I have a copy of Anglican Identities and I’ve read several essays, I’ve yet to read the essays on Hooker, however.

    Also, from what I understand, a canon or dean of a cathedral also uses + before his or her name.

    I, too, have been faced with the dilema of sticking with TEC or jumping ship. This past year I’ve had several “calling” experiences leading me down the road priesthood in the TEC, culminating with one on Michaelmas where I finally gave in, and told God I would do it. Leaving the beautiful and confusing mess of Anglicanism no longer seems like an option for me. The priesthood discernment process on my parish level commences in 2010.


  3. James,

    For your sake especially I should have added that I’ve been reading The Brothers Karamazov, but I’ve not finished it yet. I will never be able to read the Temptation narratives without reference to “The Grand Inquisitor”.

    And that’s wonderful about your calling to the priesthood! My own discernment has been complicated on account of ours being a disconnected parish known as the ‘conservative’ one. Plus I’m unsure as to whether I’m even “officially” in local discernment!

    I’ll be praying for your journey.


  4. From what I have seen and heard about the discernment process it is rather fuzzy and unsure all the way around whether you’re in a “disconnected” church or not. Talking to one of my priests, he told me that it would be about a 5 year process (including seminary), but that some in the diocese think that’s way too hasty. I’m just going with the flow. We’re without a bishop until April 2010, and so when he/she gets elected, they might change the whole process.


  5. James and Tony,

    Of course, i barely know you guys, but I am excitied to heasr you are contemplating ordination. I hope the “process” at the parish and diocesan level does right by you. We certainly need more young clergy in TEC.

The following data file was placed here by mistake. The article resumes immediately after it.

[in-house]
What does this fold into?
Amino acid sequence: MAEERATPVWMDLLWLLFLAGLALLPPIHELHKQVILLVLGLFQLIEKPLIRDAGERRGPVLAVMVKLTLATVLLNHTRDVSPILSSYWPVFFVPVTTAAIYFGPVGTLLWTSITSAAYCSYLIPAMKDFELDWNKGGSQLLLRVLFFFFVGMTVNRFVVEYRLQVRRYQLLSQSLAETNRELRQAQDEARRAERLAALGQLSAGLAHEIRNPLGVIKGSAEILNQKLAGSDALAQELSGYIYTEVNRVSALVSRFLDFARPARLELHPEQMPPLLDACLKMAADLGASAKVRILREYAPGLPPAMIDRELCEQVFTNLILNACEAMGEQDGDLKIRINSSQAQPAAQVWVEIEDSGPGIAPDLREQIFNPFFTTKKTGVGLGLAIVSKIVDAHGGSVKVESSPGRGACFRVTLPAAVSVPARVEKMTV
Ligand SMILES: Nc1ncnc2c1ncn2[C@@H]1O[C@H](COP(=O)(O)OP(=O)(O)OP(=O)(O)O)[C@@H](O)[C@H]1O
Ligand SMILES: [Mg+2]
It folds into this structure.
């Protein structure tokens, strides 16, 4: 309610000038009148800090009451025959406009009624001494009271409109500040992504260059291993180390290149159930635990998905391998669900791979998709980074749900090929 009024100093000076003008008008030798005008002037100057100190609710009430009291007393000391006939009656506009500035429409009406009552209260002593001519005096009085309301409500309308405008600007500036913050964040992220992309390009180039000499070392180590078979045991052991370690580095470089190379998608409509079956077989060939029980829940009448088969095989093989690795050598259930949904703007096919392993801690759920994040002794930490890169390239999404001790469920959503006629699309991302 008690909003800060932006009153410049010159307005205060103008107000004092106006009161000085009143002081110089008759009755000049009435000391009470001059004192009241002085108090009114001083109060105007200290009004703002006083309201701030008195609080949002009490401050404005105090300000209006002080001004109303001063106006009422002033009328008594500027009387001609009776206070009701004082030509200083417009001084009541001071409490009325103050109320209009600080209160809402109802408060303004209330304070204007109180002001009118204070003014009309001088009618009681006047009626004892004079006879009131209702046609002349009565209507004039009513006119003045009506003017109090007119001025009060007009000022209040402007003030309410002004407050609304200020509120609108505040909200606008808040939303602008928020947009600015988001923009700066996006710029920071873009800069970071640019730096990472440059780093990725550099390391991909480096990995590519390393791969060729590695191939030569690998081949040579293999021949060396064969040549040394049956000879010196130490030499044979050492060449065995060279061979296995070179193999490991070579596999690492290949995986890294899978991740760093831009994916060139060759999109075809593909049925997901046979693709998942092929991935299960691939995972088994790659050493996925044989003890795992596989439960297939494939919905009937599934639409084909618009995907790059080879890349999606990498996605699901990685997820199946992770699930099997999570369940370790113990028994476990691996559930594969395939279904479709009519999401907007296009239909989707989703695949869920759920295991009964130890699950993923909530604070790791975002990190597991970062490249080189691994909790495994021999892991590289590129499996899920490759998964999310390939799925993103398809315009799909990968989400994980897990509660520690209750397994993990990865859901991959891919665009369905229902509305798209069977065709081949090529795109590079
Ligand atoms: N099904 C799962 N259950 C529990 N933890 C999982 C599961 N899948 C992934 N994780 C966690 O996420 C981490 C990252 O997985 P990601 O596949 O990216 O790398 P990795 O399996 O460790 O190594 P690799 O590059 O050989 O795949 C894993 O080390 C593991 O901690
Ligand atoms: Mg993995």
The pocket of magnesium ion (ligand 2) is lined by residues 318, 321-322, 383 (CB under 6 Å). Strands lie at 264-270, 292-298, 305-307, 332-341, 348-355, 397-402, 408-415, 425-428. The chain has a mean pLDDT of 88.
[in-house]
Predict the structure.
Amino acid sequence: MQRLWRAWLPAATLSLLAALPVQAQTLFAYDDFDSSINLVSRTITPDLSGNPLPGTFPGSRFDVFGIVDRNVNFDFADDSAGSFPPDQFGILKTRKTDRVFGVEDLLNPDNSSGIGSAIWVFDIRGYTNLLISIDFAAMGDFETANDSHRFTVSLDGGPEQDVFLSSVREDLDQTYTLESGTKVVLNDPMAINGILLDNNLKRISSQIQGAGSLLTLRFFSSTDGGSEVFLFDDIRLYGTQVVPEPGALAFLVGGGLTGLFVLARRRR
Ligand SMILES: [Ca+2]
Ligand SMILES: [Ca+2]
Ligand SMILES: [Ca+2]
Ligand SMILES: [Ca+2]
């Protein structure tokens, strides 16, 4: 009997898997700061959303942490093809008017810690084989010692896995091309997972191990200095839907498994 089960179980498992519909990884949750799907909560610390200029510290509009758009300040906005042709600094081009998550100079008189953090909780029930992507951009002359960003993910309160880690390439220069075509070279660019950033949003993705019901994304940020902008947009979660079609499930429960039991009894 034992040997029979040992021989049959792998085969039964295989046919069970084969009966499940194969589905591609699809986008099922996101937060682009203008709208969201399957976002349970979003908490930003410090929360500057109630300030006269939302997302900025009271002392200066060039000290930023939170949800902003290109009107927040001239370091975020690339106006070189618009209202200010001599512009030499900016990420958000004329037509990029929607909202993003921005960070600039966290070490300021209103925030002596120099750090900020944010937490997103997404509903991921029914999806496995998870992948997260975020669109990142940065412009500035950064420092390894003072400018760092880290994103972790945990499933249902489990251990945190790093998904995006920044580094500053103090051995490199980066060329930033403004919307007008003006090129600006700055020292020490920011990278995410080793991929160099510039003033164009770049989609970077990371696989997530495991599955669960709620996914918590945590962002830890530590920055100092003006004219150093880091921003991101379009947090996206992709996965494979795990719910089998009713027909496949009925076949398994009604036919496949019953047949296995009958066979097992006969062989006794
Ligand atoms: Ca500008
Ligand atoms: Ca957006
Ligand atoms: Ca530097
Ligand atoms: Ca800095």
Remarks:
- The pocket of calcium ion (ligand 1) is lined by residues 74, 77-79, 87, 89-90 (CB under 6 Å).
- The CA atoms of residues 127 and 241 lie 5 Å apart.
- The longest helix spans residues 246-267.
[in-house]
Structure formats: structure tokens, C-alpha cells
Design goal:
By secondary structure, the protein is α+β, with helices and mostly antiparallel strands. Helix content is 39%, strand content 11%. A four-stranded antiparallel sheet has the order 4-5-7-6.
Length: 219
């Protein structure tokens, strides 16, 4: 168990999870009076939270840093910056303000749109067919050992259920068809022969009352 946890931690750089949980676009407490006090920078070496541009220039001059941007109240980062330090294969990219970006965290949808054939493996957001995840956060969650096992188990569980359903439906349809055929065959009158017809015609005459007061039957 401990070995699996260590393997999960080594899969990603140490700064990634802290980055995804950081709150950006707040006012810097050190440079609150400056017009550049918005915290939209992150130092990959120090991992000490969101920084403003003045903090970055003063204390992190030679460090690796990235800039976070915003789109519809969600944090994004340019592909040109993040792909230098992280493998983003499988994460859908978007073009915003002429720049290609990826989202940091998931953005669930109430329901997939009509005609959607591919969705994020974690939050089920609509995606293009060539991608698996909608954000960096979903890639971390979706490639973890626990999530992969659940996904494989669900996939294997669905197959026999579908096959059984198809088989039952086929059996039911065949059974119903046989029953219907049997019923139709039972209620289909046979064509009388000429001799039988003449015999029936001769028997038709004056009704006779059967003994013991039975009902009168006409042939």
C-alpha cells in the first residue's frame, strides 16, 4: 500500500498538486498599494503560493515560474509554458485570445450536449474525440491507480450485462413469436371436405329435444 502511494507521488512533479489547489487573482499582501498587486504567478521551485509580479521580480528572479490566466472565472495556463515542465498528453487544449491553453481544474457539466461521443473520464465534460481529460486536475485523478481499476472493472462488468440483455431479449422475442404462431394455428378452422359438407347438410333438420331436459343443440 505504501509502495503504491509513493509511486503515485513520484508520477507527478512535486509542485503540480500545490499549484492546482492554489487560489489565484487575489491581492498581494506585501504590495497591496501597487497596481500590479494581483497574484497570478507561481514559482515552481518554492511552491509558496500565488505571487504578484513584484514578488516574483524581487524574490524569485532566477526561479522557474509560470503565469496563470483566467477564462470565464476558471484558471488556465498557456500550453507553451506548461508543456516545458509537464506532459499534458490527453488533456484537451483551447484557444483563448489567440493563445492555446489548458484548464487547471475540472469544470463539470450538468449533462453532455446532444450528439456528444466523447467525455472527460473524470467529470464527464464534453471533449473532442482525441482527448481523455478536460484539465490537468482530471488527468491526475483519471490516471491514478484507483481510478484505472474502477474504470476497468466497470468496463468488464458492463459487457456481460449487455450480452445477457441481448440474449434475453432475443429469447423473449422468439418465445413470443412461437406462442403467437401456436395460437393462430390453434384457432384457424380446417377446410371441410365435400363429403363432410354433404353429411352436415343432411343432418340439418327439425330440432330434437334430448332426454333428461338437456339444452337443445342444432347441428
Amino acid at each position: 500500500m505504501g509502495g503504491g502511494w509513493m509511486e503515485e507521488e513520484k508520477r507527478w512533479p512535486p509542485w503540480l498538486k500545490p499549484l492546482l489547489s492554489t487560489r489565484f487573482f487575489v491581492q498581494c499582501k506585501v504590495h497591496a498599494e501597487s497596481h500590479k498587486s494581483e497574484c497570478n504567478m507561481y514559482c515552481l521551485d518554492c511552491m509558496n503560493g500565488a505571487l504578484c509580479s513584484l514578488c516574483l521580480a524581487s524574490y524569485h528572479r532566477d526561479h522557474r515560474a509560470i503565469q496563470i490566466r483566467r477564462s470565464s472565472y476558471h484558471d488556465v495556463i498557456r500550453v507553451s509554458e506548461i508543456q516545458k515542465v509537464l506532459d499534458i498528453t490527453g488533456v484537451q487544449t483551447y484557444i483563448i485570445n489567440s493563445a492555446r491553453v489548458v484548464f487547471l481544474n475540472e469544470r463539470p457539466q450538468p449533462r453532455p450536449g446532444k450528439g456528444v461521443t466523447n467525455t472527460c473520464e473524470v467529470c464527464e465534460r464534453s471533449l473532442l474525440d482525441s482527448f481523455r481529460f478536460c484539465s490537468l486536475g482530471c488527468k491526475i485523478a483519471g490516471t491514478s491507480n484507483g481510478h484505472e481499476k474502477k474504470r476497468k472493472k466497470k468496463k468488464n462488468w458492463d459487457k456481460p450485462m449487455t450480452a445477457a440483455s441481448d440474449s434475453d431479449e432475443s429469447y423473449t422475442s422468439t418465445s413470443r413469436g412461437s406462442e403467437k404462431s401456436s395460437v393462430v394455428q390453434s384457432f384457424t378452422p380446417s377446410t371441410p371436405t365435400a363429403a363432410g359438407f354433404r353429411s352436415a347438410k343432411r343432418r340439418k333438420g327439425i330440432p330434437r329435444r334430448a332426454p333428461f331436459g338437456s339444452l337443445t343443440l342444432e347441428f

One of my very best friends, Bill Bulson, is rector of St. David, Minnetonka (formerly vicar of Holy Apostels, St. Paul). You might give him a call and talk some of this over with him.

    Might I suggest you add to your reading list, The Gospel and the Catholic Church and The Spirit of Anglicanism by Michael Ramsey? He was Archbishop of Canterbury in the 1960’s and a fine theologian. Of modern occupiers of the see of Canterbury, he was most like R. Williams – theologically, but he had a similar pair of imposing and eccentric eyebrows as well. Both books should be on any list of introductory books for new(ish) Anglicans.


    1. Thanks Fr. Matt, I appreciate the recommendations. I’ve already read his “Anglican Spirit” this year and am midway through “The Gospel and The Catholic Church.” I find his “participatory” idea pre-emptive of several modern moves in Pauline scholarship; likely on account of his deep sympathies with the Eastern church? I look forward to reading his “The Christian Priest Today,” his book on prayer and his account of Anglican theology “From Gore to Temple.”

      I’ve been meaning to get in contact with your friend as well. I’ve not found the time yet. You were saying that he has been hard at work translating the Prayer Book into Hmong right?